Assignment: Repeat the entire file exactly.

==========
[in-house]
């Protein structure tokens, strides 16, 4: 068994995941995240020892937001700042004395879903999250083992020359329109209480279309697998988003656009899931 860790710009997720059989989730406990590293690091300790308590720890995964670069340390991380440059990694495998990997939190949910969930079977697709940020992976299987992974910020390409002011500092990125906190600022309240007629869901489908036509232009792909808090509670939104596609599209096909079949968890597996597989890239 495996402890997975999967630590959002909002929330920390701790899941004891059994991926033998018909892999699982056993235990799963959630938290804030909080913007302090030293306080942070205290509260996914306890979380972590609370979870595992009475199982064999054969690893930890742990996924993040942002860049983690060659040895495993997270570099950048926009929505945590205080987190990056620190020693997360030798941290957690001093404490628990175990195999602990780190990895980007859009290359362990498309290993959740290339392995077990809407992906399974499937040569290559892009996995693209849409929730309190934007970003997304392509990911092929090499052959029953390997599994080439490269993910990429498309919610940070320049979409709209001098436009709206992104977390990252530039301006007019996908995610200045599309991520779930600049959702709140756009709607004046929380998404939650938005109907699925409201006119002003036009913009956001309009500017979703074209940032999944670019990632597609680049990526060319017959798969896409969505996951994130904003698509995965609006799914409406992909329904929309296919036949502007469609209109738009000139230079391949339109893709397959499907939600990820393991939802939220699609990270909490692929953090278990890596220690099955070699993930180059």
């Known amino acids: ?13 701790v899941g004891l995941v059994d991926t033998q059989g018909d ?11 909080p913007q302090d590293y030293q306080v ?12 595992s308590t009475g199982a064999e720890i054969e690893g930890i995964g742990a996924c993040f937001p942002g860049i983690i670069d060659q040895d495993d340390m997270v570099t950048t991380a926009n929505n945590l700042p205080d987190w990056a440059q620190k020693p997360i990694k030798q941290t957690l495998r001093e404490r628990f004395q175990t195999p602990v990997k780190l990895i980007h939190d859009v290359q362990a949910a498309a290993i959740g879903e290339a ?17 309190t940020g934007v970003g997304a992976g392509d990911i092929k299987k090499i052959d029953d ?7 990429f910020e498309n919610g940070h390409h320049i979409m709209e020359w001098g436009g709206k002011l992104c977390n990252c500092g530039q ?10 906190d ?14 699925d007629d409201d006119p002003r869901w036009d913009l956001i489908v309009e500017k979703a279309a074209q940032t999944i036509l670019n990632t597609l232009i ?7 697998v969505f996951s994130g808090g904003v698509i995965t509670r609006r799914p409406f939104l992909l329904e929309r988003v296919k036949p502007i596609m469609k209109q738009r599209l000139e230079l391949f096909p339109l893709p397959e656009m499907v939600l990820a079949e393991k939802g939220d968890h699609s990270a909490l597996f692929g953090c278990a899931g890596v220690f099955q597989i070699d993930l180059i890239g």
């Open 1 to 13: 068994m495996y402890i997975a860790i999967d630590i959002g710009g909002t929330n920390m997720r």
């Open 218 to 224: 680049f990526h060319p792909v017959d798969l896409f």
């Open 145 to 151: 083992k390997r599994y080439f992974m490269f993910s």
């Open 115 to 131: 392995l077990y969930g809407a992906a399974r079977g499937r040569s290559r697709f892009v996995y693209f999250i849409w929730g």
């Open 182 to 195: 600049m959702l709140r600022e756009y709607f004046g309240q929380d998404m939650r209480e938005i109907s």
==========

[in-house]
């Protein structure tokens, strides 16, 4: 068994995941995240020892937001700042004395879903999250083992020359329109209480279309697998988003656009899931 860790710009997720059989989730406990590293690091300790308590720890995964670069340390991380440059990694495998990997939190949910969930079977697709940020992976299987992974910020390409002011500092990125906190600022309240007629869901489908036509232009792909808090509670939104596609599209096909079949968890597996597989890239 495996402890997975999967630590959002909002929330920390701790899941004891059994991926033998018909892999699982056993235990799963959630938290804030909080913007302090030293306080942070205290509260996914306890979380972590609370979870595992009475199982064999054969690893930890742990996924993040942002860049983690060659040895495993997270570099950048926009929505945590205080987190990056620190020693997360030798941290957690001093404490628990175990195999602990780190990895980007859009290359362990498309290993959740290339392995077990809407992906399974499937040569290559892009996995693209849409929730309190934007970003997304392509990911092929090499052959029953390997599994080439490269993910990429498309919610940070320049979409709209001098436009709206992104977390990252530039301006007019996908995610200045599309991520779930600049959702709140756009709607004046929380998404939650938005109907699925409201006119002003036009913009956001309009500017979703074209940032999944670019990632597609680049990526060319017959798969896409969505996951994130904003698509995965609006799914409406992909329904929309296919036949502007469609209109738009000139230079391949339109893709397959499907939600990820393991939802939220699609990270909490692929953090278990890596220690099955070699993930180059």
């Known amino acids: ?13 701790v899941g004891l995941v059994d991926t033998q059989g018909d ?11 909080p913007q302090d590293y030293q306080v ?12 595992s308590t009475g199982a064999e720890i054969e690893g930890i995964g742990a996924c993040f937001p942002g860049i983690i670069d060659q040895d495993d340390m997270v570099t950048t991380a926009n929505n945590l700042p205080d987190w990056a440059q620190k020693p997360i990694k030798q941290t957690l495998r001093e404490r628990f004395q175990t195999p602990v990997k780190l990895i980007h939190d859009v290359q362990a949910a498309a290993i959740g879903e290339a ?17 309190t940020g934007v970003g997304a992976g392509d990911i092929k299987k090499i052959d029953d ?7 990429f910020e498309n919610g940070h390409h320049i979409m709209e020359w001098g436009g709206k002011l992104c977390n990252c500092g530039q ?10 906190d ?14 699925d007629d409201d006119p002003r869901w036009d913009l956001i489908v309009e500017k979703a279309a074209q940032t999944i036509l670019n990632t597609l232009i ?7 697998v969505f996951s994130g808090g904003v698509i995965t509670r609006r799914p409406f939104l992909l329904e929309r988003v296919k036949p502007i596609m469609k209109q738009r599209l000139e230079l391949f096909p339109l893709p397959e656009m499907v939600l990820a079949e393991k939802g939220d968890h699609s990270a909490l597996f692929g953090c278990a899931g890596v220690f099955q597989i070699d993930l180059i890239g």
């Open 1 to 13: 068994m495996y402890i997975a860790i999967d630590i959002g710009g909002t929330n920390m997720r």
């Open 218 to 224: 680049f990526h060319p792909v017959d798969l896409f």
């Open 145 to 151: 083992k390997r599994y080439f992974m490269f993910s």
């Open 115 to 131: 392995l077990y969930g809407a992906a399974r079977g499937r040569s290559r697709f892009v996995y693209f999250i849409w929730g």
């Open 182 to 195: 600049m959702l709140r600022e756009y709607f004046g309240q929380d998404m939650r209480e938005i109907s």